“Carols of Caring,” Ensign, Dec. 1991, 65
It was Christmas Eve, and my father insisted that we all go Christmas caroling. Singing wasn’t the problem. Singing had always been one of our family’s favorite pastimes. The problem was that it was Christmas Eve—a time to be with family and friends. Who would really want to listen to our family of carolers on such an important night?
First, we headed to the home of a girlhood chum of my mother’s. She was a sister who had never married. She greeted us warmly and invited us inside her home. We visited briefly and sang a few carols; then we were on our way.
Well, I thought, she is such a happy, bubbly person that she probably doesn’t even mind being alone.
Next we went to the home of a neighbor who is not a member of the Church. We were again greeted with open arms. She ushered us into her small living room, where she had been spending the evening alone.
The next stop was at the home of some distant relatives of ours. I thought, They won’t be alone. This is really going to be embarrassing.
Again, we were greeted and invited into the home. The wife was working, and the husband, who suffered from ill health, was home alone.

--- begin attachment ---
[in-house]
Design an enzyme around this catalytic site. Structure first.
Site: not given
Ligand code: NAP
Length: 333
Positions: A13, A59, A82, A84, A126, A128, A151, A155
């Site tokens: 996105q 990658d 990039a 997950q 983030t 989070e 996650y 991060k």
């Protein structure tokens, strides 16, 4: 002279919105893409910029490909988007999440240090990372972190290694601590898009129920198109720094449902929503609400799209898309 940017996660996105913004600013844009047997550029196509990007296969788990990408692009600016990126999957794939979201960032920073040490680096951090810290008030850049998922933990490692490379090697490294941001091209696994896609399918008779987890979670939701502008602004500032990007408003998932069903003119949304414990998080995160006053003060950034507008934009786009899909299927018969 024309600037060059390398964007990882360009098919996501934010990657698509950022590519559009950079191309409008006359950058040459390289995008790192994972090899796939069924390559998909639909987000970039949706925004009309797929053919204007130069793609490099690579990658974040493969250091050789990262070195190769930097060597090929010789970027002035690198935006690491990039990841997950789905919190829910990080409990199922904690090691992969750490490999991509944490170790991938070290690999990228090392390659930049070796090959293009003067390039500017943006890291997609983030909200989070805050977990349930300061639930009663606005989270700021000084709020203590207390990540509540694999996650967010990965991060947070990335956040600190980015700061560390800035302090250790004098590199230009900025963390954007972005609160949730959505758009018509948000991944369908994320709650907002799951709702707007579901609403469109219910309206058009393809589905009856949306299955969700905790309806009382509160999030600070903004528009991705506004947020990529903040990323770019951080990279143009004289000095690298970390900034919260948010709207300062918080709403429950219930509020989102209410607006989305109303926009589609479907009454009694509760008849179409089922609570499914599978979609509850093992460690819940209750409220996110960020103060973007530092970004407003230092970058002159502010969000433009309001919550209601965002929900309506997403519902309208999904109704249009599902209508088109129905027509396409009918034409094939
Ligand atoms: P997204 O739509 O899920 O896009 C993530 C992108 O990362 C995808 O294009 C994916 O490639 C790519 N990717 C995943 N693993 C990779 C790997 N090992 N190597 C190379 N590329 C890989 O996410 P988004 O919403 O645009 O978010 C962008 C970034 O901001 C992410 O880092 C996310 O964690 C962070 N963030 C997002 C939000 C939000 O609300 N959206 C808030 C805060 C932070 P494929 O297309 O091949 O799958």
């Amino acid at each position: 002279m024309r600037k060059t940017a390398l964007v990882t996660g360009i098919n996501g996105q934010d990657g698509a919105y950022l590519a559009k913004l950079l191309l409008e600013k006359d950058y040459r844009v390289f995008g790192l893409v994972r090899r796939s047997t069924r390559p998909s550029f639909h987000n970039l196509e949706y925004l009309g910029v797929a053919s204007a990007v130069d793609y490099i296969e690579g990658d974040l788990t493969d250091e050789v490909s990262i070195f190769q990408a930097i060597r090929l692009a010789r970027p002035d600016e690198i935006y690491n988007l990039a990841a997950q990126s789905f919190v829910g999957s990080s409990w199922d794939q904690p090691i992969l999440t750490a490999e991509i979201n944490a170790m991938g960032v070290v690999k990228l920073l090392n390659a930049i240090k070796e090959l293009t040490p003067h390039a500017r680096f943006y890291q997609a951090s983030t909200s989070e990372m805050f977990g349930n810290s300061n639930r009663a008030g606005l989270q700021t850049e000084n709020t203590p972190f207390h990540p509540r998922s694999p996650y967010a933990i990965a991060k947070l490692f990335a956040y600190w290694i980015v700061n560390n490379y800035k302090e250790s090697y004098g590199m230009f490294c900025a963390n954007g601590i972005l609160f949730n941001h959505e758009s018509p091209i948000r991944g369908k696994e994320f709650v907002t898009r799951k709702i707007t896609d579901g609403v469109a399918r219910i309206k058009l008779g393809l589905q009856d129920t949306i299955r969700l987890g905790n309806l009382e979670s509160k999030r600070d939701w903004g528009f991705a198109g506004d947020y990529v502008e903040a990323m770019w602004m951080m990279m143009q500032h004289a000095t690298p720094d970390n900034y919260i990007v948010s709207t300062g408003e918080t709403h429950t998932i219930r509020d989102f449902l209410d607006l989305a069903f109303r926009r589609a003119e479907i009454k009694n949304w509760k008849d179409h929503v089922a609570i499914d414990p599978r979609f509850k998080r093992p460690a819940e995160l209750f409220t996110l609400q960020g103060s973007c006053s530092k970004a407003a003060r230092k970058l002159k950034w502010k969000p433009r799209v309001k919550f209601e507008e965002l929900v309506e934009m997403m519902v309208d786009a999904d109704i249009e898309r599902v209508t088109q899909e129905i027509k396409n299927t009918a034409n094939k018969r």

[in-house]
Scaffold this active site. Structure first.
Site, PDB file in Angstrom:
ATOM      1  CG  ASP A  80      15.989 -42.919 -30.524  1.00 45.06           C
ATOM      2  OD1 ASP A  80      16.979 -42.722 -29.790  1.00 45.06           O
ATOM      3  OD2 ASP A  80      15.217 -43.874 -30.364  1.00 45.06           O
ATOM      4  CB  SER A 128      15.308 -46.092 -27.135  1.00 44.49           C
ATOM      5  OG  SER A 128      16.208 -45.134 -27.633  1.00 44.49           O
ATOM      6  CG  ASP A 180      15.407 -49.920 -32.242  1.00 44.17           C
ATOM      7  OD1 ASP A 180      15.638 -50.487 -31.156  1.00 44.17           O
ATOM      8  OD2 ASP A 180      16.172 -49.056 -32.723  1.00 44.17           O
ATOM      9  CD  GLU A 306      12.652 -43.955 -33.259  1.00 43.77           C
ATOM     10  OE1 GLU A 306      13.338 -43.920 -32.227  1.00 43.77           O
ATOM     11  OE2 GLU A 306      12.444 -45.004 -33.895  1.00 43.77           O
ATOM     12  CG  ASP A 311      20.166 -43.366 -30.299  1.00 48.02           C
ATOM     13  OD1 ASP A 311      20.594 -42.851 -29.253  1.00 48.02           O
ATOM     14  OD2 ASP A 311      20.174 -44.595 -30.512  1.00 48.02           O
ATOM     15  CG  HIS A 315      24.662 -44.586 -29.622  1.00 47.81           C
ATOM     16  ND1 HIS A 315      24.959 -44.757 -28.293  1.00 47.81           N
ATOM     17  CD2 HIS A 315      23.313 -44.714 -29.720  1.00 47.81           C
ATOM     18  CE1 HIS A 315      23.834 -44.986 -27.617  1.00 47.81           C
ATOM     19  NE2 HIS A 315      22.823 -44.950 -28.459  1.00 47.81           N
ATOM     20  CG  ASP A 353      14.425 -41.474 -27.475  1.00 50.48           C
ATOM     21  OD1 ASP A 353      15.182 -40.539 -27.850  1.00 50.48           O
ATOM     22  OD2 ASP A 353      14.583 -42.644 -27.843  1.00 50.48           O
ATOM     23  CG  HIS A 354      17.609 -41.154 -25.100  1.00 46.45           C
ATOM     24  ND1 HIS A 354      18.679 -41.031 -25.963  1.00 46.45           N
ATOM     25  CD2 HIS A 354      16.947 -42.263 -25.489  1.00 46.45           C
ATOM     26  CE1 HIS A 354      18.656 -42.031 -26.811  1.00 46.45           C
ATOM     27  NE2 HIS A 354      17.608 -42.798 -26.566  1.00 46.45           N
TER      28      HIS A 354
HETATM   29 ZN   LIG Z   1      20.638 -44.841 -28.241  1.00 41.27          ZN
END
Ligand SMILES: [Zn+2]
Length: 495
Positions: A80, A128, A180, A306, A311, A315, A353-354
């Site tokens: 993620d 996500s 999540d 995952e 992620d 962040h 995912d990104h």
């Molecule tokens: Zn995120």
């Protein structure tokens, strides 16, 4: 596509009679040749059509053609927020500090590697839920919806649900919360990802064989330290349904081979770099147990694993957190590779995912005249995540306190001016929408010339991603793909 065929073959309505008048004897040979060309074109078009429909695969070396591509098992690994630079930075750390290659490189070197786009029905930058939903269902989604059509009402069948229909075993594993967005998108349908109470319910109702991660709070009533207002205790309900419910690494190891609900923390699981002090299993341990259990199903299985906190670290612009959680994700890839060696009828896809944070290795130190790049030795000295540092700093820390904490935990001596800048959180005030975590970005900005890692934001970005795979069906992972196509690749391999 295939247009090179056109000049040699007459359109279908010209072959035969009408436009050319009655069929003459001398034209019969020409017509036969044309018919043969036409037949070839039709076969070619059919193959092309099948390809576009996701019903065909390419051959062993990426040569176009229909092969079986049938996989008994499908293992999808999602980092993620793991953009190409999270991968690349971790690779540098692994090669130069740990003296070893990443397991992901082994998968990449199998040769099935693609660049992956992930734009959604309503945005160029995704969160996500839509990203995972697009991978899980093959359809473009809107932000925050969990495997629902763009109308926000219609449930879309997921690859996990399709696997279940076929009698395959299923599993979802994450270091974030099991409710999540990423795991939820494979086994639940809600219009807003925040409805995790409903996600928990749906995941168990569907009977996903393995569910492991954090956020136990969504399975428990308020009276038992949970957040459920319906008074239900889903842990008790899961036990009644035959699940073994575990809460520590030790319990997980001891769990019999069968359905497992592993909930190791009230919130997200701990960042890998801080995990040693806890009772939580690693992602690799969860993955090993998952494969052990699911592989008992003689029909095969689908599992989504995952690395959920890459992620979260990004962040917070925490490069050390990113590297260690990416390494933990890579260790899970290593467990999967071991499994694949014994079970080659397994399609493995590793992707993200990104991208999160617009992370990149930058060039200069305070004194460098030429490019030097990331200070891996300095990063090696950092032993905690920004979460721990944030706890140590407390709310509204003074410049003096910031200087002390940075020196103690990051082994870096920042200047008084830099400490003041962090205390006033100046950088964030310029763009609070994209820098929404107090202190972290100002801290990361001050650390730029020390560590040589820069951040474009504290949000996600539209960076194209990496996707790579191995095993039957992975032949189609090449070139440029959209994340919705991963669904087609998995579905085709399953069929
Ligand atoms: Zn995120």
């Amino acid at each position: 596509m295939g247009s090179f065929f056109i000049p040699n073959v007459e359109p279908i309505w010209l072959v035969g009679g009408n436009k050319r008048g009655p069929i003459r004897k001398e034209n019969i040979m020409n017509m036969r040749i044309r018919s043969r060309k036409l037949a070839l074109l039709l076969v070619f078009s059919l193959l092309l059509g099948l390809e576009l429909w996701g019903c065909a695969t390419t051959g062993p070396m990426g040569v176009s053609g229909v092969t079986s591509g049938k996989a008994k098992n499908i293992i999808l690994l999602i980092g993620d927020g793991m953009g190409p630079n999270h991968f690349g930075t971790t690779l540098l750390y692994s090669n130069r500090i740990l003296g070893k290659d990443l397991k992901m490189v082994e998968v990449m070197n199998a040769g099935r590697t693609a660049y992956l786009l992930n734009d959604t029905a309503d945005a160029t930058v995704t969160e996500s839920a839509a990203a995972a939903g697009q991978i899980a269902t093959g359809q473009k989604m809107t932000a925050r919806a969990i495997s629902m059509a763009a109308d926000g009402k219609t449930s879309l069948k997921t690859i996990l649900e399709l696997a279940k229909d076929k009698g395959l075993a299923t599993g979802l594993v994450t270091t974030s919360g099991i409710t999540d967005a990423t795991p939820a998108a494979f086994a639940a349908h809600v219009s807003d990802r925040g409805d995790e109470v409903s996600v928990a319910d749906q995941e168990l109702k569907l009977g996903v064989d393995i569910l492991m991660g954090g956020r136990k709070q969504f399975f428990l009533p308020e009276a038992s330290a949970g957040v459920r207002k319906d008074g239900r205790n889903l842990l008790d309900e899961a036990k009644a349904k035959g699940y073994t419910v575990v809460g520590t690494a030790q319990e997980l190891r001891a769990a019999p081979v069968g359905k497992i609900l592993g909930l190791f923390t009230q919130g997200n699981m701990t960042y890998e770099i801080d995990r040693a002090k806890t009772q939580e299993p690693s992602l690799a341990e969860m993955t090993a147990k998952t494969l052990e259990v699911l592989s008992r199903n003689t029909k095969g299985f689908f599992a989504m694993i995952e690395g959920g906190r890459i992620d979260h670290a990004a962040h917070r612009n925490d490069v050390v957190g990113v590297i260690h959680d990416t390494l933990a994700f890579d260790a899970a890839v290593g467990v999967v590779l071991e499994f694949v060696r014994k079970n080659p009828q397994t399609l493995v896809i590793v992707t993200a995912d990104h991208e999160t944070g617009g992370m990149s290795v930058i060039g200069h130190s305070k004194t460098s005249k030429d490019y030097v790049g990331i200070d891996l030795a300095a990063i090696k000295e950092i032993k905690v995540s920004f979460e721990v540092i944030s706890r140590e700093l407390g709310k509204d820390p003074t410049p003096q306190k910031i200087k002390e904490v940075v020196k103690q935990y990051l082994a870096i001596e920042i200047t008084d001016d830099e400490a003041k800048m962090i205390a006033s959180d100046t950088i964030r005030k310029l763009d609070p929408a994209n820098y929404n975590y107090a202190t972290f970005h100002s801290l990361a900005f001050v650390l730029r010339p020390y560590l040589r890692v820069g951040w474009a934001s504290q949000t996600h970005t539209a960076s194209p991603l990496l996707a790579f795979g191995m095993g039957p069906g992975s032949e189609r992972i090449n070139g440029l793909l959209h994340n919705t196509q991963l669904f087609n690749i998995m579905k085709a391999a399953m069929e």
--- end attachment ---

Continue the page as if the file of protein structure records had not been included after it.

By this time I was feeling humble. Those few stops had opened my eyes. I had never been alone on Christmas Eve or Christmas Day.
We went to five different homes that night. At each home it was the same—a person all alone. And it did seem that as we left each home, the occupant’s eyes shone a little brighter and his or her heart seemed lighter. Maybe it was my eyes and my heart that had been lightened.
From that time on, Christmas caroling has been a significant Christmas tradition. We’ve gone many times throughout the years. Last Christmas was one of those times when I was on the receiving end. A group of neighborhood carolers came to our home. They must really care about us, I thought as they left. Once again, my heart had been lightened and my eyes brightened by a brief Christmas caroling call.